Artemisia’s also have a literary history.  The bitterness of the plant led to its use by wet-nurses for weaning infants from the breast and was referred to by Shakespeare in Romeo and Juliet (Act I, Scene 3.)  Shakespeare also refers to the herb as "Dian's bud" (Diana being the Roman incarnation of Artemis) in Midsummer Night's Dream, as the antidote to the love potion concocted from the flower "Love in Idleness" (the pansy) that Oberon and Puck use to enchant the lovers:
Oberon: ...
Be as thou wast wont to be:
See as thou wast wont to see:
Dian's bud o'er Cupid's flower
Hath such force and blessed power.
MND 4.1.70-73

A Few of the Genus
tarragon
Artemisia  dracunculus (Tarragon) is the most widely know of this family.  It is a culinary herb particularly important in French Cuisine. I posted an entire blog on this culinary Artemisia back in February 2012
Artemisia absinthium (Absinth Wormwood) was used to repel fleas and moths, and in brewing (wormwood beer, wormwood wine). The aperitif vermouth (derived from the German word Wermut, "wormwood") is a wine flavored with aromatic herbs, but originally with wormwood. The highly potent spirits absinthe and Malört also contain wormwood. Polish vodka Zoladkowa Gorzka is flavoured with wormwood. Wormwood has been used medicinally as well.
Artemisia arborescens (Tree Wormwood, or Sheeba in Arabic) is a very bitter herb indigenous to the Middle East that is used in tea, usually with mint. In small quantities (in tea) its believed to have medicinal properties, pacifying various kinds of digestion turmoils. In larger doses it may have some hallucinogenic properties. In Israel Artemisia is sometimes referred to by the name "Shiva", the Queen of Sheba.
Artemesia stelleriana is known as 'Dusty Miller'.
Artemisia capillaris is the plant known as both Artemisia and Wormwood in traditional Asian herbal literature. This plant is a bushy perennial shrub that can reach 2 to 4 feet high - from 60 to 120 centimeters. This is the plant found in the wild in the forest of East Asia, and a native to the island of Taiwan, the Japanese islands and the northern parts  the People’s Republic of China.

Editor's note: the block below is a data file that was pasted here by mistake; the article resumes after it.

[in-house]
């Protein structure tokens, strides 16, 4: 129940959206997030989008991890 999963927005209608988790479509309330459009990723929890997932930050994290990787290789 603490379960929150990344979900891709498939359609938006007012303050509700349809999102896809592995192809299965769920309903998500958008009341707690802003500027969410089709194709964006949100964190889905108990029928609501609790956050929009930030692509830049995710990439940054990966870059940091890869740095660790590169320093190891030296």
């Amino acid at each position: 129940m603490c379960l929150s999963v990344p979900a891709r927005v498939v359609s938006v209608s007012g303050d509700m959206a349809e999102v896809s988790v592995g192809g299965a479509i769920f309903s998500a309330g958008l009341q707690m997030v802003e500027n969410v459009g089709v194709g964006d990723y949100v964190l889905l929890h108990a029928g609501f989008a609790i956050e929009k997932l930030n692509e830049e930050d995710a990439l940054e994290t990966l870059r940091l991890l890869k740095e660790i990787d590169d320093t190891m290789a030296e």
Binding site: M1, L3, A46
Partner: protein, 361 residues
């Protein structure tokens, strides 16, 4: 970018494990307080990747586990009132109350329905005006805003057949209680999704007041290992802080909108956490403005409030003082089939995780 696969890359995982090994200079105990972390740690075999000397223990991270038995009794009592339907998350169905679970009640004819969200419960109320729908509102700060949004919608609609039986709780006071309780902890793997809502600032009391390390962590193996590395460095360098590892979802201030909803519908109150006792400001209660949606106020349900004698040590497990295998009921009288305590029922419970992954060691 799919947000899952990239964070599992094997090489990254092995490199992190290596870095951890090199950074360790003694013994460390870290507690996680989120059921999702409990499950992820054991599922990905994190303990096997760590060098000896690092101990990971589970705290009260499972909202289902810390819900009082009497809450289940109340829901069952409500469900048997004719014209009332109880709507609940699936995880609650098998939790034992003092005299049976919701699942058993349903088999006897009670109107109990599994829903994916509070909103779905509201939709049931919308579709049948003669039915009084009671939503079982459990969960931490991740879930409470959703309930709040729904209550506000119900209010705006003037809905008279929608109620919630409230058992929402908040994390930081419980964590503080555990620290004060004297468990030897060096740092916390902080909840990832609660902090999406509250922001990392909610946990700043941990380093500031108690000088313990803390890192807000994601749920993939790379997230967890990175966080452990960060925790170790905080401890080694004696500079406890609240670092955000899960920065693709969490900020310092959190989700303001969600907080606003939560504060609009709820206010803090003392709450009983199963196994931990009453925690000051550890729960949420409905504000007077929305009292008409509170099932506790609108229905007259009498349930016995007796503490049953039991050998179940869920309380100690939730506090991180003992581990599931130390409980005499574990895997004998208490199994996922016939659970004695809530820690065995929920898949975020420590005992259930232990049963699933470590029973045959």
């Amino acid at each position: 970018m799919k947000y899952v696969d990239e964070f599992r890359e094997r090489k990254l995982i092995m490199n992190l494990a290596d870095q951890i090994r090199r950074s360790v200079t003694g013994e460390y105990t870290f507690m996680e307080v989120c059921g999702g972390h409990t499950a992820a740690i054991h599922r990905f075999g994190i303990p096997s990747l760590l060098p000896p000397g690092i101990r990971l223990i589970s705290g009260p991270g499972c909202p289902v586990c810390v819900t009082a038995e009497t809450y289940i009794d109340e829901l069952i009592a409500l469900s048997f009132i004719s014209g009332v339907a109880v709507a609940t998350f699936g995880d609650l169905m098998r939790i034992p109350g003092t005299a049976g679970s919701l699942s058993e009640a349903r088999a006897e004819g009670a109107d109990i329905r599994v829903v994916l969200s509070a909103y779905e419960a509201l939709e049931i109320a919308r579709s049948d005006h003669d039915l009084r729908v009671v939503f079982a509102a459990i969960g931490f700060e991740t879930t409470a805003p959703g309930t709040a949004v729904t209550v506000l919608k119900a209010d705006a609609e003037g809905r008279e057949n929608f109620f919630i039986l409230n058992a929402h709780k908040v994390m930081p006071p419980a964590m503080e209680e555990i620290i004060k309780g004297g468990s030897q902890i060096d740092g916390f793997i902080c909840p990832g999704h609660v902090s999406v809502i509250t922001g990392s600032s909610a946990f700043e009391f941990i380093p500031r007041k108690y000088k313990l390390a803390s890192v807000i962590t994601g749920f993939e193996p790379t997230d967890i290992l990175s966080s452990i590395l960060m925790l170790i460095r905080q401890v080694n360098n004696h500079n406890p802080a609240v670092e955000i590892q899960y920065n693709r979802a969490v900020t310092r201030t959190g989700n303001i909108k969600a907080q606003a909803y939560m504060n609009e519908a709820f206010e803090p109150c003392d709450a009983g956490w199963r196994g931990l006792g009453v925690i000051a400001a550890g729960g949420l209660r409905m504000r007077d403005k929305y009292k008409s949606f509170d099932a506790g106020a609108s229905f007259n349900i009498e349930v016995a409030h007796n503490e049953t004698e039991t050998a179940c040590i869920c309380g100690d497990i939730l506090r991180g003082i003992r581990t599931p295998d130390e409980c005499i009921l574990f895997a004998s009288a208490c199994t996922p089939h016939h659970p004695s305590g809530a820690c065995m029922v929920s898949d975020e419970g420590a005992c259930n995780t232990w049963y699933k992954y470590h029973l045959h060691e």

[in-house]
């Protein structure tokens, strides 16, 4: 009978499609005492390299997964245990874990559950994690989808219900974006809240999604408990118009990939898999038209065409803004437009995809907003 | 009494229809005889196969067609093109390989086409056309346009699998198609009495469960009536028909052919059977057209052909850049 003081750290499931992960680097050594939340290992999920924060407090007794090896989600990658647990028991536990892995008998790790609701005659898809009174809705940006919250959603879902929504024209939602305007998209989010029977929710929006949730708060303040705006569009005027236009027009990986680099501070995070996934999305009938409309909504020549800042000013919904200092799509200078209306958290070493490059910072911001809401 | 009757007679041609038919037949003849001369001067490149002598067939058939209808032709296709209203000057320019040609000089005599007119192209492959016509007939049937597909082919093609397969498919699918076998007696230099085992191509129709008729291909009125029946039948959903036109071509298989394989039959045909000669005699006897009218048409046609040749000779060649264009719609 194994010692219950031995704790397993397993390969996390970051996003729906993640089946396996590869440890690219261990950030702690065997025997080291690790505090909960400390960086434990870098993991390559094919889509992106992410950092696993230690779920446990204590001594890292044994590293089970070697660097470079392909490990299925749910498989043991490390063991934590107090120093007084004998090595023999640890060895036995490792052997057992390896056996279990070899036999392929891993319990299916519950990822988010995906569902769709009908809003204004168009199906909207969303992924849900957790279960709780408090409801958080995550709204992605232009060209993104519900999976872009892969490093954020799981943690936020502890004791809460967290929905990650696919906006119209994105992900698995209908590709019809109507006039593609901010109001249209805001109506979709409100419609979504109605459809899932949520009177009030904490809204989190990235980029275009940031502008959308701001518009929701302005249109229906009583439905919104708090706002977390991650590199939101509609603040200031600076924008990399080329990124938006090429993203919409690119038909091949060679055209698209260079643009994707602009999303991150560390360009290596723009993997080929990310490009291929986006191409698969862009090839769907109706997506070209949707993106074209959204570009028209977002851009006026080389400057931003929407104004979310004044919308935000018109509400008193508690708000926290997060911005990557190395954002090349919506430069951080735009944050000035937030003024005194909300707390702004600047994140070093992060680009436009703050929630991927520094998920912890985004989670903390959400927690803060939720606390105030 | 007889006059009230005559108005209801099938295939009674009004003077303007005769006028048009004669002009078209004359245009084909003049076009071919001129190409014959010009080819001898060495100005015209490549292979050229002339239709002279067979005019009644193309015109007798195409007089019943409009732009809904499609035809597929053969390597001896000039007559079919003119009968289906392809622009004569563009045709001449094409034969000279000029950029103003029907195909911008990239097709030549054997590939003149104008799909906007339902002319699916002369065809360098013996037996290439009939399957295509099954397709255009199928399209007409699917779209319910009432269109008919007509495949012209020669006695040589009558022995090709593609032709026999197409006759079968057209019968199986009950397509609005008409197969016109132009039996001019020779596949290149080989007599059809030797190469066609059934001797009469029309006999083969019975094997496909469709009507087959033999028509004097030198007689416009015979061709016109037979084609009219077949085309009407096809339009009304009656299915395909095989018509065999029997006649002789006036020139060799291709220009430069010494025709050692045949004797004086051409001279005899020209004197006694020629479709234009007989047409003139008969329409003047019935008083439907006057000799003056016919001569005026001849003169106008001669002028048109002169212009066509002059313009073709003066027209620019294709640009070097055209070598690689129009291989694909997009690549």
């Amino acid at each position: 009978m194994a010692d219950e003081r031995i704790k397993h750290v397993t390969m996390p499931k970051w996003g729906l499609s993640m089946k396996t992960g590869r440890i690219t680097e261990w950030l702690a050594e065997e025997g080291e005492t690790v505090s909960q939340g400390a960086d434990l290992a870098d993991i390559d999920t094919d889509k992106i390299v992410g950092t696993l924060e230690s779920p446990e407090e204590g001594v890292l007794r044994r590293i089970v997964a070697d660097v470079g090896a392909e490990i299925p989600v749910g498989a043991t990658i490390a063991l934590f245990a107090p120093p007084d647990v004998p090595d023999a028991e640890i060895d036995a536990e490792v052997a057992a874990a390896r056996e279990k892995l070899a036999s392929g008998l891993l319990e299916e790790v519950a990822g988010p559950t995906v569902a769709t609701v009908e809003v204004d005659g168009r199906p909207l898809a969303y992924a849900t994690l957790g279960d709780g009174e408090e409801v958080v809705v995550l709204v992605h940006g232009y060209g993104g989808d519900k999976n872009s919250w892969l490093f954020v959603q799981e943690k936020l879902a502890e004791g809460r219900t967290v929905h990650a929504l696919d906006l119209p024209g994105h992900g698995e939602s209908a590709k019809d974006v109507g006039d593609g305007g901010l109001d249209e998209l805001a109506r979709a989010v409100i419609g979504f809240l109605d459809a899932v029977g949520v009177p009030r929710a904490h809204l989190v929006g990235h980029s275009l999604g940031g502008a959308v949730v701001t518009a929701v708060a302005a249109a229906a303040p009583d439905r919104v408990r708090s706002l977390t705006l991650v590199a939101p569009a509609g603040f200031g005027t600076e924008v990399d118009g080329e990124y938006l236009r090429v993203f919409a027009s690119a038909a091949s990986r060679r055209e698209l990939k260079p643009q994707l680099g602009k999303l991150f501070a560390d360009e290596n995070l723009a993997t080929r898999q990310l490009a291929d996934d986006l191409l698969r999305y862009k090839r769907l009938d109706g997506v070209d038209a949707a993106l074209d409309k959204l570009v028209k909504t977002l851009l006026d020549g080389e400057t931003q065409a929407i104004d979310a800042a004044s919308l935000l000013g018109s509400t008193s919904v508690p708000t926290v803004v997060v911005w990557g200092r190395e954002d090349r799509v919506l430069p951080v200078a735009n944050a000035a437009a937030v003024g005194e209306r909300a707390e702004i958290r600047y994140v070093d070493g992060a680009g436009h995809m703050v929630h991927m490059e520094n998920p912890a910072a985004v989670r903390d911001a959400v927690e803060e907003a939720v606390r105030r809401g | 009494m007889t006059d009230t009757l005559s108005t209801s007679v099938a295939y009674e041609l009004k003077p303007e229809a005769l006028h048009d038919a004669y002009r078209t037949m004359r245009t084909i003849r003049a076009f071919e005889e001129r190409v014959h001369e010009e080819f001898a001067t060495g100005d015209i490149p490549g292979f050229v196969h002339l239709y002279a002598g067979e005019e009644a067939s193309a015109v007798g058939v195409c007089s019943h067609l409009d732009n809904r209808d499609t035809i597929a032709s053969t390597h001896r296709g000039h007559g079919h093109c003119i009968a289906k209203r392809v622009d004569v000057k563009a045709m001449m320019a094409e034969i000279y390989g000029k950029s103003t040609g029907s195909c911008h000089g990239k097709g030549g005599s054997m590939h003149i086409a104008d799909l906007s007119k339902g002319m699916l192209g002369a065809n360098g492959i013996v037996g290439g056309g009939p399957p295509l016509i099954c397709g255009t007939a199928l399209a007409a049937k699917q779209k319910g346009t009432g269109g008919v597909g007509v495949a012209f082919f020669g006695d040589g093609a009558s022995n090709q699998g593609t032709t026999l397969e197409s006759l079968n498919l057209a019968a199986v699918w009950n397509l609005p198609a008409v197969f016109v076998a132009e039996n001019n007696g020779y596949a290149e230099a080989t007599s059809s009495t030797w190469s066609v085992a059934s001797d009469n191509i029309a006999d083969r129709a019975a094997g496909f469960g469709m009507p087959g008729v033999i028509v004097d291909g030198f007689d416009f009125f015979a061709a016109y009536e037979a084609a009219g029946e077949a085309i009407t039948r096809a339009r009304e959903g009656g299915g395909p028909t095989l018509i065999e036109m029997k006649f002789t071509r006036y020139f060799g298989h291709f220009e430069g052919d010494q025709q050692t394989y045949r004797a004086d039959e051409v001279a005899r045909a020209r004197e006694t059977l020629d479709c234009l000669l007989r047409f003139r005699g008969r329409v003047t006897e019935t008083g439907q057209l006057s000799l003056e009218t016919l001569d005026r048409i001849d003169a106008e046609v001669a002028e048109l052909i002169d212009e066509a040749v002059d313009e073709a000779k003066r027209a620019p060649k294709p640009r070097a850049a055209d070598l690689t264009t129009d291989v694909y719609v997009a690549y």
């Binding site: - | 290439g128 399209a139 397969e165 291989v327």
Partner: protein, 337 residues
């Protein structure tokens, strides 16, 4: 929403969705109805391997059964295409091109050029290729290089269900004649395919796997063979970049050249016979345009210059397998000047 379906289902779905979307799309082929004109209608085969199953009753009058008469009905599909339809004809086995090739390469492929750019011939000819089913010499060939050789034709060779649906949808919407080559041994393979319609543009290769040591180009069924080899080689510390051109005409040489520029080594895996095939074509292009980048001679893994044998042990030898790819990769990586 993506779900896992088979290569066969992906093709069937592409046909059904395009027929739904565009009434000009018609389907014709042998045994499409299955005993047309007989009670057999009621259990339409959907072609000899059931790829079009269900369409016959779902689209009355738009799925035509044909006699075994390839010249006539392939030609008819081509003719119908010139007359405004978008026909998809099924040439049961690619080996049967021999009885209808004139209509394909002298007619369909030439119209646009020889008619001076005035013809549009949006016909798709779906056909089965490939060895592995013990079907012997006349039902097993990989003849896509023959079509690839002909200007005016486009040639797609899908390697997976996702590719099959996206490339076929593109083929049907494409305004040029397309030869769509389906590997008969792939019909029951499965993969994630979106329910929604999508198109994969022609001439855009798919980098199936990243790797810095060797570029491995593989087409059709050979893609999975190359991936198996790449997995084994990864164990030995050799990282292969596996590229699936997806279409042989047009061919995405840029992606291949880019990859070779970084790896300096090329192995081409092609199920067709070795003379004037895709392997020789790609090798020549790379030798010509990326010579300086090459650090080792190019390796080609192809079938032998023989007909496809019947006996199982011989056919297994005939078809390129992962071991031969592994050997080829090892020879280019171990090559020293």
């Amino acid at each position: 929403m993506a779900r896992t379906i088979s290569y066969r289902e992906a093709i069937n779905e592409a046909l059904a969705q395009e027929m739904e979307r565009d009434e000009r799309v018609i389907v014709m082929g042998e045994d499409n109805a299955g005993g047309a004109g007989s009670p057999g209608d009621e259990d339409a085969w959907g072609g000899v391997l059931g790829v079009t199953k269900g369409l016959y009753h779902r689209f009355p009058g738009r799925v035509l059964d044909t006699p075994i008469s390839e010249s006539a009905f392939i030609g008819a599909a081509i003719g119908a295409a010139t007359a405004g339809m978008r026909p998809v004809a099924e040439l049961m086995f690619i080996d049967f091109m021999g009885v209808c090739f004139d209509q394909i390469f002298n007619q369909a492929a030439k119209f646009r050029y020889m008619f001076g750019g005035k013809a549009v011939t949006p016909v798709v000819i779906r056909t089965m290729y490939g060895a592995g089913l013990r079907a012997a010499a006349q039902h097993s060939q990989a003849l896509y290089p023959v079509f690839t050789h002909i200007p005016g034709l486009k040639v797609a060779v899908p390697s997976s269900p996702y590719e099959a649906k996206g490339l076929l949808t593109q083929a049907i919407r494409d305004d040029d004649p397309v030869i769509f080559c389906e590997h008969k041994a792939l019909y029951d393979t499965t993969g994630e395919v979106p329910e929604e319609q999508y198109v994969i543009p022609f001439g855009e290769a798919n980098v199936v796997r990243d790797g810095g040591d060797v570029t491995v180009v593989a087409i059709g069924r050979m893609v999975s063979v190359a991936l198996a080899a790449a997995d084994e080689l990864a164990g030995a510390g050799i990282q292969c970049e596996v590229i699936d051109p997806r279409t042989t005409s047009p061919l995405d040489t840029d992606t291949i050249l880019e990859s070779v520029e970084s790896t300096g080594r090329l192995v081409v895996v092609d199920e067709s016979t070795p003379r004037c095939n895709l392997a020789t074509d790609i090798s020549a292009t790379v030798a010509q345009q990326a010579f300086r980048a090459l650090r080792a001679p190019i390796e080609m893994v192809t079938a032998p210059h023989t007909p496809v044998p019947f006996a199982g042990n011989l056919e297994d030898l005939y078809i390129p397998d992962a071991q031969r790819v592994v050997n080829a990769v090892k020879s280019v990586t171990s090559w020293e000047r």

Artemisia ludoviciana
Artemisia ludoviciana 'Silver King' is native to the western United States although I grew it quite well beginning with my first herb garden here in Illinois. It is commonly called white sage because of the appearance of its foliage: lance-shaped leaves (to 4” long) are silver-white, pubescent and somewhat sage-like in appearance. 'Silver King' is a compact cultivar that features leaves and stems that are somewhat more slender than the species. It is a generally upright perennial that is grown for its attractive foliage that adds texture and contrast to gardens.  Not only is it nice in the garden, but I used it dried to create wreath bases and to make tree shaped table decorations that I covered with holiday ornaments at Christmas time.
Artemisia schmiditiana (Mugwort)
Artemisia schmiditiana is the most common found in herb gardens in Illinois.  This is the species known most commonly as Silver Mound, Mugwort, and Wormwood. This cultivar is best known for its bug repelling qualities.  Some have taken dried Wormwood, placed it inside a coffee filter to form a sort of "pod" and then placed them under furniture and such as a natural way of repelling fleas from their home.
Artemisia annua (Sweet Annie flowering)
Artemisia annua (Sweet Annie) has fern-like leaf, bright yellow flowers, and a slightly more sweet  camphor-like scent. Its height averages about 3 to 4 feet on a single stem, with alternating branches, and alternating leaves.  As a result this is a perfect plant for making aromatic wreaths.